; (outer wall of outside)
G1 F1328 X107.985 Y90.707 E116.98713
G1 X108.38 Y91.128 E117.01098
G1 X108.658 Y91.623 E117.03444
G1 X108.813 Y92.18 E117.05833
G1 X108.832 Y92.751 E117.08193
G1 X108.713 Y93.315 E117.10575
G1 X108.463 Y93.837 E117.12966
; (first curve complete, on to straightaway)
G1 X99.631 Y107.716 E117.80936
G1 X98.912 Y108.59 E117.85612
Even more done...
These are retraction off, and 205 °C
So it seems like an acceleration thing. If I can figure out how to get it to slow down in just the right spots or compensate in some way, then perhaps I can make this problem go away with minimal sacrifice in total speed.
Based on other comments, answers, and question edits so far, in addition to your original question, I believe there are possibly two things going on here: incorrect retraction settings, including a misunderstanding of which settings are relevant and what they do, and issues related to slow acceleration. Both relate to misdepositing/loss of material.
First, some basics. When the filament is advanced to the point needed to extrude material and print at the intended volumetric rate, it's under significant pressure, compressed between the extruder gear and the nozzle. My understanding is that your printer has a direct drive extruder, not a bowden, so there's far less compression than with a bowden setup but it's still there. This means that, if you try to stop extruding, it's material will continue to come out of the nozzle, just at a decreasing rate, until the pressure dissipates. This effect is reduced but still present if the nozzle is held-against/moving-over already printed material, and heavy if moving over empty space, even moreso if moving across sparsely-filled space like infill where it will bond with the already-deposited material and get "stretched"/"pulled" out.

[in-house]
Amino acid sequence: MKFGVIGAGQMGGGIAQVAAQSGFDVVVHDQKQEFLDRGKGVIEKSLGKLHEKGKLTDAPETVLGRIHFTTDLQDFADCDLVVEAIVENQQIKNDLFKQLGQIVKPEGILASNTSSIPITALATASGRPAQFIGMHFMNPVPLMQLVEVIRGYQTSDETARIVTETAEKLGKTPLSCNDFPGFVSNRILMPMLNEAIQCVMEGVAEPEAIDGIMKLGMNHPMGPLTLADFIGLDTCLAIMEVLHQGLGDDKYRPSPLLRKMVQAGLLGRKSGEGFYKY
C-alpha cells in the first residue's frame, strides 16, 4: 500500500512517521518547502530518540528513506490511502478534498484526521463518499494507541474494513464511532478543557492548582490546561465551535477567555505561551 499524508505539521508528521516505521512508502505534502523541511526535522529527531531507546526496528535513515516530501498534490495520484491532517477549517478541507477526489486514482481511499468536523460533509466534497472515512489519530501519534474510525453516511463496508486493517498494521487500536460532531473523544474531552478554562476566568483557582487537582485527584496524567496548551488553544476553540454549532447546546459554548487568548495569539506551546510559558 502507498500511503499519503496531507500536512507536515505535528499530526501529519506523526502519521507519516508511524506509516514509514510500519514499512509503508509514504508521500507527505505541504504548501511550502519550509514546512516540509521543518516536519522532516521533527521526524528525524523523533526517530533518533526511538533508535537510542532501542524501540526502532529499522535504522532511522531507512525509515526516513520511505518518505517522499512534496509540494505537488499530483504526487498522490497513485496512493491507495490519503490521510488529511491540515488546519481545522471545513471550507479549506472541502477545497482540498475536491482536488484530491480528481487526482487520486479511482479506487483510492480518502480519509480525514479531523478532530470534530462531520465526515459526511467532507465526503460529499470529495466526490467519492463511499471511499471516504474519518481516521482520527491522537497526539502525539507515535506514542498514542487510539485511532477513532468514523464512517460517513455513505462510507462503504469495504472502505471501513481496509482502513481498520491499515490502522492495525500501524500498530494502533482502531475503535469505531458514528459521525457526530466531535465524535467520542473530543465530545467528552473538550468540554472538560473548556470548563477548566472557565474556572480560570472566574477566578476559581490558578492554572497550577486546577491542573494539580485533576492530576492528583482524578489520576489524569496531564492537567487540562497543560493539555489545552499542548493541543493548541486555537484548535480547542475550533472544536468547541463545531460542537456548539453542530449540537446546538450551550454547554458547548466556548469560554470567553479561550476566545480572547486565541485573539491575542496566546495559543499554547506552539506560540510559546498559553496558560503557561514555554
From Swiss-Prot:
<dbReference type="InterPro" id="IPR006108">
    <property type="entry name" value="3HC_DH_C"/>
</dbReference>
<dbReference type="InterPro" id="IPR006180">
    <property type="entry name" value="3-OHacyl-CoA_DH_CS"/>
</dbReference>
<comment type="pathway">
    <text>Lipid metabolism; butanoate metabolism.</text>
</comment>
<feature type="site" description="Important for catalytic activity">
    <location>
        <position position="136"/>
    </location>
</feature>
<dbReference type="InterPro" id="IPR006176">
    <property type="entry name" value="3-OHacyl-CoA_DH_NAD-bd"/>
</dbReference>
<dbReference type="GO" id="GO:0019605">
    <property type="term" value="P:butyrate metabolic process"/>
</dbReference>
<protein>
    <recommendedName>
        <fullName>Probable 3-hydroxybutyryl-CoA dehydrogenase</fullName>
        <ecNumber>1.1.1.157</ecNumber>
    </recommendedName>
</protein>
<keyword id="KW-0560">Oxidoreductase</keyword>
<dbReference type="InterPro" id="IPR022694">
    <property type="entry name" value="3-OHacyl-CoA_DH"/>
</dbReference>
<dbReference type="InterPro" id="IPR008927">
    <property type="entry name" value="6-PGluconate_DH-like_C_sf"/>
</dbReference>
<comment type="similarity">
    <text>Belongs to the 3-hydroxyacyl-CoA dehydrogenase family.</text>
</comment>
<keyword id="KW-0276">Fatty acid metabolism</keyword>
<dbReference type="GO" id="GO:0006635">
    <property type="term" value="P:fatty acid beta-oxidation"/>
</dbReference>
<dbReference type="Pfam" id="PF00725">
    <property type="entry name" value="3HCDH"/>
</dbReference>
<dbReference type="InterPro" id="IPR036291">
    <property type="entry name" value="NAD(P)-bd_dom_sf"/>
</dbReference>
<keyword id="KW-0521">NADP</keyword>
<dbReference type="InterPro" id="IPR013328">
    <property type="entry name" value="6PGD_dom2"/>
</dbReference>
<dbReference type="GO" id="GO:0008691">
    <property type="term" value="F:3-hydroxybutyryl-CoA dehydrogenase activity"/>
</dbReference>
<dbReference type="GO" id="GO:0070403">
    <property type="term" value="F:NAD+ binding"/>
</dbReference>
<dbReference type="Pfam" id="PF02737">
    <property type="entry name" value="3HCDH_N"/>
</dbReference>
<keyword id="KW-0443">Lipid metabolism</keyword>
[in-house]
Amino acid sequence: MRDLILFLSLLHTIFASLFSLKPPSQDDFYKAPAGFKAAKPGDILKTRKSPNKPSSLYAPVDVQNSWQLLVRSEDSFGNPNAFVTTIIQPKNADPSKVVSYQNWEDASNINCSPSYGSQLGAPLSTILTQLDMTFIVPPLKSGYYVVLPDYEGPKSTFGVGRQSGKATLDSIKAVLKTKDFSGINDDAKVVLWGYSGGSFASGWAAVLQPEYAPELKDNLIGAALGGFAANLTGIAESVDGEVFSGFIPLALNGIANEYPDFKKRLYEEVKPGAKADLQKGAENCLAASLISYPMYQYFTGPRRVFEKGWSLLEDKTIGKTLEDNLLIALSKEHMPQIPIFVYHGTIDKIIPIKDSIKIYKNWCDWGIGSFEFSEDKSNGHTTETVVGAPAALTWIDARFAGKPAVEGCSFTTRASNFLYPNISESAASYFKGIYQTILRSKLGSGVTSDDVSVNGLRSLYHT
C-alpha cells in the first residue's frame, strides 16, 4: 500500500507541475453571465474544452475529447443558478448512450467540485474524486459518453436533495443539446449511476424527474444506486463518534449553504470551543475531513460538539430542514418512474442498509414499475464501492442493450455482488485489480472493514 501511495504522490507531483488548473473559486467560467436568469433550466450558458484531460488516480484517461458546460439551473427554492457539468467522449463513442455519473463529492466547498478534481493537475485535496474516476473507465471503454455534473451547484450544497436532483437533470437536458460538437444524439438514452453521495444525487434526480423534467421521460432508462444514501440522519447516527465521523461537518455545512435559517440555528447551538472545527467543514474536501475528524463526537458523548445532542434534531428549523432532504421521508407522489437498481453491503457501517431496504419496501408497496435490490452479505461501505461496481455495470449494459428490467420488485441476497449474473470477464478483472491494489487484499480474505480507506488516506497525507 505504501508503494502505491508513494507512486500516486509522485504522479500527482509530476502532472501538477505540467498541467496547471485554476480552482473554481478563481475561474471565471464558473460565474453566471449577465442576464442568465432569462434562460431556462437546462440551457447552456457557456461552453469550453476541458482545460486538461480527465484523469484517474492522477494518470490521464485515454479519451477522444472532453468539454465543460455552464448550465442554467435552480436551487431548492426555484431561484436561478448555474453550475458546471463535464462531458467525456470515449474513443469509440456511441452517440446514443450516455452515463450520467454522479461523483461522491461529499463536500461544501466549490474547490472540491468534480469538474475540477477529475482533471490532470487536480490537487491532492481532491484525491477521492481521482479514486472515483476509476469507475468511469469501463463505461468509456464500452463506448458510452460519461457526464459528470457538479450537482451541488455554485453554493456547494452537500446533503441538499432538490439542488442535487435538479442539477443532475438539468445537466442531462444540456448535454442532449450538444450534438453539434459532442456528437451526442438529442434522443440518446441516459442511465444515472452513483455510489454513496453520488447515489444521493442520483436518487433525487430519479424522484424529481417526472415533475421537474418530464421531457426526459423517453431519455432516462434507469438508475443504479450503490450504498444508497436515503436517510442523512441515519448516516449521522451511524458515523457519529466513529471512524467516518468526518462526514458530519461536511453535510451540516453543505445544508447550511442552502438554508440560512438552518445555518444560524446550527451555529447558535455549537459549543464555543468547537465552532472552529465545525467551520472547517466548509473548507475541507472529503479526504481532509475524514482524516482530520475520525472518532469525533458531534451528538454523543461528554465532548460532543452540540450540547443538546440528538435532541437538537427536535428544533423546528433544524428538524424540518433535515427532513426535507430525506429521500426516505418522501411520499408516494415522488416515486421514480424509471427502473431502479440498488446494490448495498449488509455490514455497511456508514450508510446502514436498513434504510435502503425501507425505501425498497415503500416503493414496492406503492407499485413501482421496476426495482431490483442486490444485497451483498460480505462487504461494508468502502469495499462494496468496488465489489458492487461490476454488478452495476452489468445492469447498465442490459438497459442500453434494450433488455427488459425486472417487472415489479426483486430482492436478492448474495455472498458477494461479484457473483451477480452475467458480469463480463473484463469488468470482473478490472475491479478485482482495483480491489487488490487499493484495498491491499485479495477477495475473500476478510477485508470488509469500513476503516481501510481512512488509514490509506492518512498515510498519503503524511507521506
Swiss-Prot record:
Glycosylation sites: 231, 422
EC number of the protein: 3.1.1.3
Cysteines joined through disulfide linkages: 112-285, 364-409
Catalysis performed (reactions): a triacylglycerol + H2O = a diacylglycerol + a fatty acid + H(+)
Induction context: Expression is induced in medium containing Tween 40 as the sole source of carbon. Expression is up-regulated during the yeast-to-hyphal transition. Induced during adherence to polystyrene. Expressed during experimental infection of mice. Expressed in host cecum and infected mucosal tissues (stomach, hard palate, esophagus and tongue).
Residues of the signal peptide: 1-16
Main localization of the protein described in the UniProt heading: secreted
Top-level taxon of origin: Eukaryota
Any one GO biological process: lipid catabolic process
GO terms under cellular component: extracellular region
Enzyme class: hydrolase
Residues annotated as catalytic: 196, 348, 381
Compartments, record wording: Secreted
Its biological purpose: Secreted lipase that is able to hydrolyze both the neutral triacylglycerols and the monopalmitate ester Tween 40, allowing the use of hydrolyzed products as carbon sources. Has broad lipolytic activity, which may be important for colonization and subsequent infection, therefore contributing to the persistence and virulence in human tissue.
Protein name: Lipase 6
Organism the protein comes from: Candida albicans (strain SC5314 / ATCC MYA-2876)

The idea of retraction is to pull the filament back when the print head is moving to a new location without trying to deposit material, to relieve this pressure and prevent unwanted misdepositing/loss of material, and to reverse the process, putting the filament back exactly where it was when the last printed line ended, the next time it starts trying to deposit material.
The relevant options in Cura are:
- Enable Retraction - must be on
- Retraction Distance - should be at least 5-6 mm for bowden setups, probably more like 0.5-2 mm for direct drive.
- Retraction Minimum Travel - should be 0
- Combing Mode - try different settings. Off is probably the best relative to your issues, but hurts your print time a lot for certain models, and can hurt quality in other ways.
Everything else related to retraction is fairly irrelevant, especially "Retract at Layer Change" is a niche option and not typically useful. As I understand it, turning just "Retract at Layer Change" on does not mean retraction is on.